How Much Dead Animals on Your Plate Should Really Cost According To Study
A study from Oxford University, United Kingdom has calculated how much dead animals that people consume should really cost when considering the health care system burden of caring for people who eat processed meat products.
After the release of the WHO (World Health organization’s) finding that meat consumption is related to health complications such as type two diabetes, cancer, and heart disease, with on average of fifty thousand people dying from dead animals consumption yearly. The scientists from the Oxford study, have calculated that it will cost two hundred and fifty-one billion in medical treatments in the year 2020.
The study, run by Springmann M, Mason-D’Croz D, Robinson S, Wiebe K, Godfray HCJ, Rayner M, et al. wanted to show that health motivated taxes on red meat would show a decrease in consumption.
Eliminating Dead Animals Through Taxation
Market-based approaches to regulation have gained popularity in public health research and the public debate. In particular health-motivated taxes have been widely discussed, and implemented in some countries, e.g. for sugar-sweetened beverages, and saturated fats. The tax levels discussed or implemented have mostly been based on practical considerations on their likely impact. However, from an economic perspective, health-motivated taxes are so-called Pigouvian taxes whose purpose it is to correct for the unintended and previously unaccounted consequences to society of an economic activity (in this case, the negative health impacts associated with red and processed meat consumption) by incorporating the cost of those consequences into the price of the activity or good.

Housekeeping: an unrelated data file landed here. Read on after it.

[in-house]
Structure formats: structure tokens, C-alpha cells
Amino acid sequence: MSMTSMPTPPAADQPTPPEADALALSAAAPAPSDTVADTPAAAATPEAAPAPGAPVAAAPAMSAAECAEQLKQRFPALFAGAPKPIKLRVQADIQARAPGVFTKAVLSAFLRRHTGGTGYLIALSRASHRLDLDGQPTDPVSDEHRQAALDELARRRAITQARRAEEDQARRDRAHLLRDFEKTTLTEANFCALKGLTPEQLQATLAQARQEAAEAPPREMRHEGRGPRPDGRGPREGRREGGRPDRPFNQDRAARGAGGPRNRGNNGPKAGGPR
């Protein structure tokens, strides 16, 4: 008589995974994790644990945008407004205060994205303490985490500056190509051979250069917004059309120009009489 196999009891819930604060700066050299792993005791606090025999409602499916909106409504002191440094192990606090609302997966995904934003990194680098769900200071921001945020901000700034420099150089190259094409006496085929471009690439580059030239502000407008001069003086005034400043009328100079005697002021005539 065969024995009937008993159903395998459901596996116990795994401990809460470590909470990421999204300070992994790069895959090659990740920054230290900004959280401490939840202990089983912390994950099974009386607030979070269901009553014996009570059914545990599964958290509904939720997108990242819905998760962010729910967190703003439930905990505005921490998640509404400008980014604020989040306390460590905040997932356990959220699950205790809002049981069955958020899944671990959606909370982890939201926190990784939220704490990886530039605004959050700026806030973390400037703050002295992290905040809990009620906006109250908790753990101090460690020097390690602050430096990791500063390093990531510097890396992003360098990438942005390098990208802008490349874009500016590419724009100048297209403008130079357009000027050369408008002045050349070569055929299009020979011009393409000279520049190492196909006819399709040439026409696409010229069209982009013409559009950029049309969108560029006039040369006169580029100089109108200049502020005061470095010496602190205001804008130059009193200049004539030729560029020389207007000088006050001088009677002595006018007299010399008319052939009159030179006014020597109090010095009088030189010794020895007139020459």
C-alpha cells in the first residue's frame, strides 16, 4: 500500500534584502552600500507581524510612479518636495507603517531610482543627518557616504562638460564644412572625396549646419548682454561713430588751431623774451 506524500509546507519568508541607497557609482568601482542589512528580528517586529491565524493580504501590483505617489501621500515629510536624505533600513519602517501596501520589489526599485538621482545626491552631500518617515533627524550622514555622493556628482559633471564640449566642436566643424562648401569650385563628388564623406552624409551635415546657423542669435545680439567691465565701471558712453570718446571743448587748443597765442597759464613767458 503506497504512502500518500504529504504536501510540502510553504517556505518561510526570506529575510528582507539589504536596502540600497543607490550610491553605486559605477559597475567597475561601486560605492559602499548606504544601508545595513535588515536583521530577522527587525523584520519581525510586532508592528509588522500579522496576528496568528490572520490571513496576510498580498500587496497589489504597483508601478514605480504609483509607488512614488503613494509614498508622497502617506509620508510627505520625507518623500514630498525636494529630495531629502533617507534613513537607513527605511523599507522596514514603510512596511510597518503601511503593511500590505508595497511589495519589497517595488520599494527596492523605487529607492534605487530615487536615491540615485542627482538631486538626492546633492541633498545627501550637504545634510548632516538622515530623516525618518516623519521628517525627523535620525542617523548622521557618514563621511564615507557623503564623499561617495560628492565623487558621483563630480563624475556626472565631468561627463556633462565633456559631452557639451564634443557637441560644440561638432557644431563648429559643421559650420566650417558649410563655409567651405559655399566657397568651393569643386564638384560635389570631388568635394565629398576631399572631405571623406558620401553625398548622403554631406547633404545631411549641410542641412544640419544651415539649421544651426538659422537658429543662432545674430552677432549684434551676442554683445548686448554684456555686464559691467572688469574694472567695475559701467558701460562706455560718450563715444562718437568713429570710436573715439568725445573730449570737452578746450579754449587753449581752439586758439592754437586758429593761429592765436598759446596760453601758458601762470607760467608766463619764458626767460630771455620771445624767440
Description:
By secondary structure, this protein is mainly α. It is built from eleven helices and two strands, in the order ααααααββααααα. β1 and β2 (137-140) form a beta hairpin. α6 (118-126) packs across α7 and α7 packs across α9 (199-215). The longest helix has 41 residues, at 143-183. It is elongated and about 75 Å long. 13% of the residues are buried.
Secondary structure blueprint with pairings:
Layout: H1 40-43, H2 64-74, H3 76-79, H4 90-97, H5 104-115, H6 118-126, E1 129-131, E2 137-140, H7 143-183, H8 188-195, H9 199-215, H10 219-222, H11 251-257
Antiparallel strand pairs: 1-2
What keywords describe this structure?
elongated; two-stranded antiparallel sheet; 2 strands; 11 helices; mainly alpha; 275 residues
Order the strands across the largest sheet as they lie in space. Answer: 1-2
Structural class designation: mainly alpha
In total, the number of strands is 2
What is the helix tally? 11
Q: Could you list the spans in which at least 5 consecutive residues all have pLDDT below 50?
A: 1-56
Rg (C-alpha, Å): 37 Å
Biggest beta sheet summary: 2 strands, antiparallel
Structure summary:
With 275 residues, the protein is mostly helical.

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They estimated that the introduction of such health taxes would reduce global meat consumption by up to 16%. As a side effect, 110 million tonnes of greenhouse gases produced by farm animals would be eliminated every year.
However, they did stress that while populations have free will to eat as they wish, a tax would
“not only has an impact on personal health, but also entails costs for society and the environment.”
Under optimal taxation, the price for one serving of red and processed meat reflects the health costs associated with one additional serving of red and processed meat. Integrating the health costs associated with one serving of red and processed meat into the prices of one serving of red and processed meat increased the price of red meat by 4% on average, ranging from less than 1% in low-income countries to 21% in high-income countries, and the price of processed meat by 25%, ranging from 1% in low-income countries to 111% in high-income countries.
What do you think, would a dead animals tax make people choose vegan instead? Let us know in the comments.
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